A clearer picture of the scale of pig losses from African swine fever (ASF) in the Philippines has emerged from a retrospective outbreak report.
In the region of Eastern Visayas in the Philippines, around 3,000 pigs have now been culled as a result of African swine fever (ASF), reports Philippine News Agency (PNA).
Affected have been animals in seven towns in the province of Leyte, where ASF first emerged in mid-January.
Local officials have been arranging for the culling of all pigs within 500 meters of a confirmed outbreak of the disease. Samples from approximately 300 pigs in the province were awaiting processing.
Meanwhile, on the island of Luzon, about 100 more pigs have been culled in the neighboring region of Bicol, according to PNA. Facing an imminent cull are 109 pigs in the town of Malinao, adding to the around 850 animals that have already been culled in Albay province.
The great majority of the province’s pigs are owned by backyard owners. Just 10% of the 60,000 pigs in the province are kept on commercial farms, according to a local official.
Over the past week, the country’s agriculture department has retrospectively registered 173 outbreaks of ASF to the World Organisation for Animal Health (OIE).
Directly impacting more than 84,000 pigs, these outbreaks occurred on the island of Luzon between February 19 and December 21, 2020. The peak period for these cases were the months of August and September 2020. All the affected herds are described as “backyard,” and ranged in size from two animals to one village herd of more than 5,300 pigs. Outbreaks were spread across 23 provinces of the island.
Based on reports supplied to the OIE, this latest information puts the total ASF outbreaks on Luzon since September 2019 at 600. More than 391,000 animals were lost to the disease through mortality or culling.
Swift response to re-emergence of ASF in Cambodia
Presence of the ASF virus has been discovered in pigs in Banteay Meanchey province in northwestern Cambodia, reports Khmer Times. The province shares a border with Thailand.
According to the agriculture ministry, the virus was detected in pigs illegally transported from Thailand. All pigs in the immediate area are to be culled, and border inspections will be strengthened. The authorities also called on slaughterhouses to obtain pigs only from registered farms.
The local pig farmers’ association has welcomed the authorities’ quick response to the present outbreak. In 2019, around 1,000 pigs in Cambodia died and a further 800 were culled after the introduction of ASF through unregulated imports from Vietnam.
According to the United Nations’ Food and Agriculture Organization (FAO), Cambodia’s agriculture ministry reported ASF outbreaks in five provinces during 2019. The OIE records that the ASF situation was subsequently resolved.
Hong Kong culls 3,000 pigs as a precaution
From a small initial outbreak in early February, ASF appears to be spreading in Hong Kong, reports South China Morning Post. Up to 3,000 pigs are to be culled at the farm in northern Hong Kong after some animals in a second house at the same premises tested positive for the virus earlier this week.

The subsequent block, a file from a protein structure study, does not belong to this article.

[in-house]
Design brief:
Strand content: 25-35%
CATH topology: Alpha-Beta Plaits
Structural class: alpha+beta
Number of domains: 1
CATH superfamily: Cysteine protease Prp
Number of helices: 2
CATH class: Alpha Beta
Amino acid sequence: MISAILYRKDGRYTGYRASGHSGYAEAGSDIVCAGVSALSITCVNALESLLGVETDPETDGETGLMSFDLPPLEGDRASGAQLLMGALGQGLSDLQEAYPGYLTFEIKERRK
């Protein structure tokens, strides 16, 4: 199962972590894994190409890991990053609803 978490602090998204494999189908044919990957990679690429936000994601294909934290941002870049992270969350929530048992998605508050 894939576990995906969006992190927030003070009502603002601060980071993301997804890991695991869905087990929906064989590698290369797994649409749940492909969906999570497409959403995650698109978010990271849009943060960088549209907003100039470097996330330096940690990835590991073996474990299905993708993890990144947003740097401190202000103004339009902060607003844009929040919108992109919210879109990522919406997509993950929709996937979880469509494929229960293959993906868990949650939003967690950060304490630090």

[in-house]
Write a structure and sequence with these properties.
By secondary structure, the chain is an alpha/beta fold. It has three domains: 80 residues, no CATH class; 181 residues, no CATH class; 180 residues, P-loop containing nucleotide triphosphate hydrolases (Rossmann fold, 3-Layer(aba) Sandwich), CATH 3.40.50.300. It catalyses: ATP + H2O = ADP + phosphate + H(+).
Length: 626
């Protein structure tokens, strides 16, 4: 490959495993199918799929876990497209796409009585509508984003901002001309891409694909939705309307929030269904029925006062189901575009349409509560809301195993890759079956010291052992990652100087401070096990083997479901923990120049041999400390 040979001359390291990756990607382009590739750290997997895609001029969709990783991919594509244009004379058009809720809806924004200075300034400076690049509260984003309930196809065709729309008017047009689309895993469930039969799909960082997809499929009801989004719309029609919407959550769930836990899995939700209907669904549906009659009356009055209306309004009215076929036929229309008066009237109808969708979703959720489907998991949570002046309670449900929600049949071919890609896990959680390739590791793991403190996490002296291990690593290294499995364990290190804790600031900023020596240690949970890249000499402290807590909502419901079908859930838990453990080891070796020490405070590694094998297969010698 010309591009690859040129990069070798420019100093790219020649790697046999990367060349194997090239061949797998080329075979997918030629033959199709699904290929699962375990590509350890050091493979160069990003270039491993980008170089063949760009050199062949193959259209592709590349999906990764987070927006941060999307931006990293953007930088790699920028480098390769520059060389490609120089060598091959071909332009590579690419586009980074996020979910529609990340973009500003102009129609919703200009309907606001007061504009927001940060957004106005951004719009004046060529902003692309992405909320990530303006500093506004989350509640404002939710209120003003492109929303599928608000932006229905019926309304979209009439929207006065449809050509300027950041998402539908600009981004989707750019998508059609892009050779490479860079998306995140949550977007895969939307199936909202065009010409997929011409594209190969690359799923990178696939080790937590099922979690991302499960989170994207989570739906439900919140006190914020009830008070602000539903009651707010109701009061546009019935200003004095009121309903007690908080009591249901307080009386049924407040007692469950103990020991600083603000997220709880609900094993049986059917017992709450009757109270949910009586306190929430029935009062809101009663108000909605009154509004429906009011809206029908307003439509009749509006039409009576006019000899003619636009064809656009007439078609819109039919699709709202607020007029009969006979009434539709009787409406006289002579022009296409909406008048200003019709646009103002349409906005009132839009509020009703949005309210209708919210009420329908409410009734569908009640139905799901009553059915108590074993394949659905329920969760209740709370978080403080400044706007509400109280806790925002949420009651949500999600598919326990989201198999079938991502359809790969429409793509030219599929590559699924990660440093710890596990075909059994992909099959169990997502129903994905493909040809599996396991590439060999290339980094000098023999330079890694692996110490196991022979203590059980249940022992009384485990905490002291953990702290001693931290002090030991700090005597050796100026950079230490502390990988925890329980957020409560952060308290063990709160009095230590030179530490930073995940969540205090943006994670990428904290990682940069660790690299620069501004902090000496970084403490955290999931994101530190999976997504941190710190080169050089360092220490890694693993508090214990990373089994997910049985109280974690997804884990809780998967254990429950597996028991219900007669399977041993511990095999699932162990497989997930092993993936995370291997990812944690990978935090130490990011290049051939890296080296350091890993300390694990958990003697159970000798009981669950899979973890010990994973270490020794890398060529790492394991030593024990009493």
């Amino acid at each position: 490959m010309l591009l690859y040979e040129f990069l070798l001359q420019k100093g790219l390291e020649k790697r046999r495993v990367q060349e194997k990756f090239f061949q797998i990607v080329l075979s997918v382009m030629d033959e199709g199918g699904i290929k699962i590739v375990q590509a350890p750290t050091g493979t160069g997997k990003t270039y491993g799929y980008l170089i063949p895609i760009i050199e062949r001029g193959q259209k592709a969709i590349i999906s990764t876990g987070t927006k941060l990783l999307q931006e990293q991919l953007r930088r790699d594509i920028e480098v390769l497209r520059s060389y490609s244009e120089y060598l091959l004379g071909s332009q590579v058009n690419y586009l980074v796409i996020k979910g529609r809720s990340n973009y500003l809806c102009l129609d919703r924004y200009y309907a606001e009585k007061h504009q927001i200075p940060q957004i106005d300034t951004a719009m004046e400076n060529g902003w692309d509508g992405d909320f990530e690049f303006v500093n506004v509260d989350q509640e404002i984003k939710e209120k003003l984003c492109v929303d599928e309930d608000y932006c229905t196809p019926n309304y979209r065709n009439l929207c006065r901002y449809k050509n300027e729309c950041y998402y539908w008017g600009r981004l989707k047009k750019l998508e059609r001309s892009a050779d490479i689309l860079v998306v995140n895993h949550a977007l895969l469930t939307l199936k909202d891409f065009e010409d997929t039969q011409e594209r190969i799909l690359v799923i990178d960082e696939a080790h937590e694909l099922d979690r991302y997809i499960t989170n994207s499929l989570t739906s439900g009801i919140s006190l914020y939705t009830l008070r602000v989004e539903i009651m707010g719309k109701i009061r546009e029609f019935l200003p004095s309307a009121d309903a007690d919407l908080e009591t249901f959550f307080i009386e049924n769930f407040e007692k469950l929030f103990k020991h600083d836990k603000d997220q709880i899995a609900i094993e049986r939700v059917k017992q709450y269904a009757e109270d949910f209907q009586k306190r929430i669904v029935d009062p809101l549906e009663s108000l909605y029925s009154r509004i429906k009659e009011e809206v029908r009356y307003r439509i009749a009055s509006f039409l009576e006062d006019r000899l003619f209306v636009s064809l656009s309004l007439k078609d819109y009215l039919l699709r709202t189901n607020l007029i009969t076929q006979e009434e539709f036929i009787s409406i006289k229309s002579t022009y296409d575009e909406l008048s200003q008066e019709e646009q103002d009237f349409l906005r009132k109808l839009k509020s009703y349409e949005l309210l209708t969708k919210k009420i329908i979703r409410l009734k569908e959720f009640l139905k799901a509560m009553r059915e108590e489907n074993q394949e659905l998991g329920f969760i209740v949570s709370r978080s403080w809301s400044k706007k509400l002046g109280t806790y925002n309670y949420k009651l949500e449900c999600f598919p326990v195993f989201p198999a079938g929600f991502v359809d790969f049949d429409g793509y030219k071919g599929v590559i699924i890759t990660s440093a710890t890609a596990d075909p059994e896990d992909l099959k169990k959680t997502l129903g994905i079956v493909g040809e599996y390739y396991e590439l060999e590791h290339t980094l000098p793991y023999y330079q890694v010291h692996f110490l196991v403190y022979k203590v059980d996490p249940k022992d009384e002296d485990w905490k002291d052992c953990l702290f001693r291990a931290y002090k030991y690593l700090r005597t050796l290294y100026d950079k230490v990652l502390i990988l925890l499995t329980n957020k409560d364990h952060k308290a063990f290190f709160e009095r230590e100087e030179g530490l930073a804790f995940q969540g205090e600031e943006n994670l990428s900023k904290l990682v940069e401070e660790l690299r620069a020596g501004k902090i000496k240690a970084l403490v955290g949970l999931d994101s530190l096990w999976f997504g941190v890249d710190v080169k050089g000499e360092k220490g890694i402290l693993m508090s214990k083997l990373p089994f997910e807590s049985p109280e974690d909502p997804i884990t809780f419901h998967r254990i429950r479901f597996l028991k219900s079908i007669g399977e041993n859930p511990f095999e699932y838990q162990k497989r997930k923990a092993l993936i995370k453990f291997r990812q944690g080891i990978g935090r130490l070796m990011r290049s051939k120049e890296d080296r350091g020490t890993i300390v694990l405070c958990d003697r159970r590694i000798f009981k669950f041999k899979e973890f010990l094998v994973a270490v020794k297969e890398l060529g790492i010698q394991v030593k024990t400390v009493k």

The agriculture department confirmed that the cull would be carried out as soon as possible, and that the owner of the pigs would be compensated. Samples taken at three more pig farms within three kilometers of the initial outbreak came back negative for the ASF virus.
According to this source, 38 licensed producers supply around 22% of the pig meat consumed in Hong Kong. Local traders do not expect the current outbreak to disrupt supplies significantly.
In May 2019, the discovery of ASF in imported pigs at a slaughterhouse led to the slaughter of 6,000 animals.
ASF was detected in Hong Kong-raised pigs for the first time this month. Initially, around 240 pigs were culled after a few animals tested positive for the virus in Yuen Long in the western New Territories.
Losses of South Korean wild boar pass 1,000
Over the past week, South Korea’s agriculture ministry has informed OIE that 15 more wild boar have tested positive for the ASF virus. All these animals were found in counties where previous cases have been reported in the northern provinces of Gyeonggi and Gangwon.
Latest cases bring the country’s total since the start of 2021 to 50.
The ASF virus was first detected in South Korea in September 2019. Since then, the wild boar population has been heavily impacted. As of January 31, FAO puts the number of wild boar affected by ASF in South Korea at 1,001.
Sporadic outbreaks continue in Indonesia
In recent months, local media have been reporting mortality of pigs in a number of areas of Indonesia, according to the FAO. Affected areas include North Sumatra, East Nusa Tenggara province, Sikka Regency, and the district of Nele.
OIE recorded the country’s first ASF outbreak in December 2019.
China lifts ASF restrictions in Guangdong province
Movement restrictions have been lifted around Pingyuan county in Guangdong province, reports China’s agriculture ministry.
In January, restrictions were put in place in the Meizhou city region after some illegally transported pigs tested positive for ASF at a highway checkpoint.
Looking ahead, pork demand is expected to rebound in most regions of the world. However, a new report forecasts that ASF and COVID-19 will to continue to affect global pig meat production in 2021.
View our continuing coverage of the global African swine fever situation.